After a hiatus of a number of years, Mark and I went to the Windy City for the 2013 Antiques & Garden Fair put on by the Chicago Botanic Garden. This year's event featured more than 100 vendors from the Midwest to as far away as Nantuckett Island and England. Everyone sets up their space with vintage, antique and ethnic treasures in tents and assorted buildings right in the middle of the CBG.
The weather at the CBG was wet and windy — pretty much the same thing happening at home. It reminded us of our trip to the gardens with the Wisconsin Hardy Plant Society in the fall of 2008 when the gardens closed due to record rainfall while we were visiting. The photo above — flooding that closed parts of the parking areas on Friday — gave us a clue about what to expect as we walked from our car to the Visitor Center.
As we exited that building onto the bridge that takes you out into the gardens we could see how high the water was in the lake that is a feature of the landscape. Note that there isn't any green showing on the trees and espalied shrub on the wall. Virtually all the outdoor blooming plants we saw were things that had been brought on in the greenhouses and put in place before the Antiques Fair.
How long can these plants survive this much standing water?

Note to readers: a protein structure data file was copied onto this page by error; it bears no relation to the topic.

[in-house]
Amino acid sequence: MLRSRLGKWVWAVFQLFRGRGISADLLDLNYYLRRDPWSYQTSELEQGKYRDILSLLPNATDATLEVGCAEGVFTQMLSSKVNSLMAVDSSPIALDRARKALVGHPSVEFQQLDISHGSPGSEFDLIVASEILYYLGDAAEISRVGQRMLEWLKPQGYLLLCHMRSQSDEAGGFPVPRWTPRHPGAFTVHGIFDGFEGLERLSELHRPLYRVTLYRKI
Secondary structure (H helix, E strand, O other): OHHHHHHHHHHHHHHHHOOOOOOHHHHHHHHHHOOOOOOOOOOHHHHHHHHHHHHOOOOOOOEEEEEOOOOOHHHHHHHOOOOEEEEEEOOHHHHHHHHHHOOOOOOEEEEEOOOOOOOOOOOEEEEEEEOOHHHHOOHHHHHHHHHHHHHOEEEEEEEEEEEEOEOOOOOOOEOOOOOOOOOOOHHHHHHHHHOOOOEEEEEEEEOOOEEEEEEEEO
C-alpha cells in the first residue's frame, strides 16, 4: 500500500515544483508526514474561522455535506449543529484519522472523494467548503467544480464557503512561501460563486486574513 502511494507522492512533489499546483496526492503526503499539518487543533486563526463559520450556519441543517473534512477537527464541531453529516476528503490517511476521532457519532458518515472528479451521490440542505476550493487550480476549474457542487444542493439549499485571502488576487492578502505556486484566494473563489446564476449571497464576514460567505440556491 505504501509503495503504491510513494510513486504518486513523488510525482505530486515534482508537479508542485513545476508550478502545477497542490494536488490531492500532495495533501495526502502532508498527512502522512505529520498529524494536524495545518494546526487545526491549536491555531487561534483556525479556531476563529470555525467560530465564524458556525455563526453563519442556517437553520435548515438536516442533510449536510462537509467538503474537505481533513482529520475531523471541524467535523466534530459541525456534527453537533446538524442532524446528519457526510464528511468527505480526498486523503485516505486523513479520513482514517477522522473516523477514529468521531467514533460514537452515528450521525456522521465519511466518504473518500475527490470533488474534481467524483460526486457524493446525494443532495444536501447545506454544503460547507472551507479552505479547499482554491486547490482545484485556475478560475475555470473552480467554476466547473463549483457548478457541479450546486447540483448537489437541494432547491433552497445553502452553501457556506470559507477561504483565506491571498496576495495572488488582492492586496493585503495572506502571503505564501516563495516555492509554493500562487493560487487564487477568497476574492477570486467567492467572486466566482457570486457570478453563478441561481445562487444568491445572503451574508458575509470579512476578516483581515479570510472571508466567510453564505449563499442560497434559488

Mark snapped the picture above in 2008. It shows water lapping at the shoreline path along this promenade area on the way from the Visitor Center to the Regenstein Center. Compare it to the shots below which he took on Friday — clearly conditions appear to be much worse this time.
Plants as well as the path were underwater. I love this area of the garden with stepped rows of hedges and groundcovers, including boxwoods and cottoneaster. The railing along the pathway (below) is barely visible above the water.
Cold, wet and windy conditions meant the tents housing the dealers, the visitors, and the antiques had be securely fastened down.
Even with all the weight holding things in place, we did see a bit of occasional rippling of a wall filled with paintings.
Once inside the tents, however, we pretty much were able to forget about the weather, though most visitors and even some vendors kept their outdoor jackets on.
The view below is the bonsai display courtyard in 2008. For the Antiques Fair, even the covered walkways around this courtyard are put to use.
The courtyard became a staging area for LP gas cannisters for the heaters that were whooshing warm air into the covered walkways that had been closed in with plastic sheeting to make more display stalls for the vendors. It was nice and warm in this area.
Once inside there was so much to see, that I put the woeful weather and the tragedy in Boston out of my mind for a few hours. I just honed in on beautiful old objects.
Among my favorites was this delicate Chinese bamboo vest displayed on an equally lovely stand. The garment was meant to be worn in the summer under a kimono to protect the fabric and keep it from touching one's hot sweaty skin.
As you can see from the topiary in front of the vest, most vendors had some kind of fabulous flowers in their booth. This dealer had an assortment of topiaries and all of them were for sale, too.
Later this week, I'll share more photos of the antiques we saw as well as the stunning floral displays that were put together especially for this event.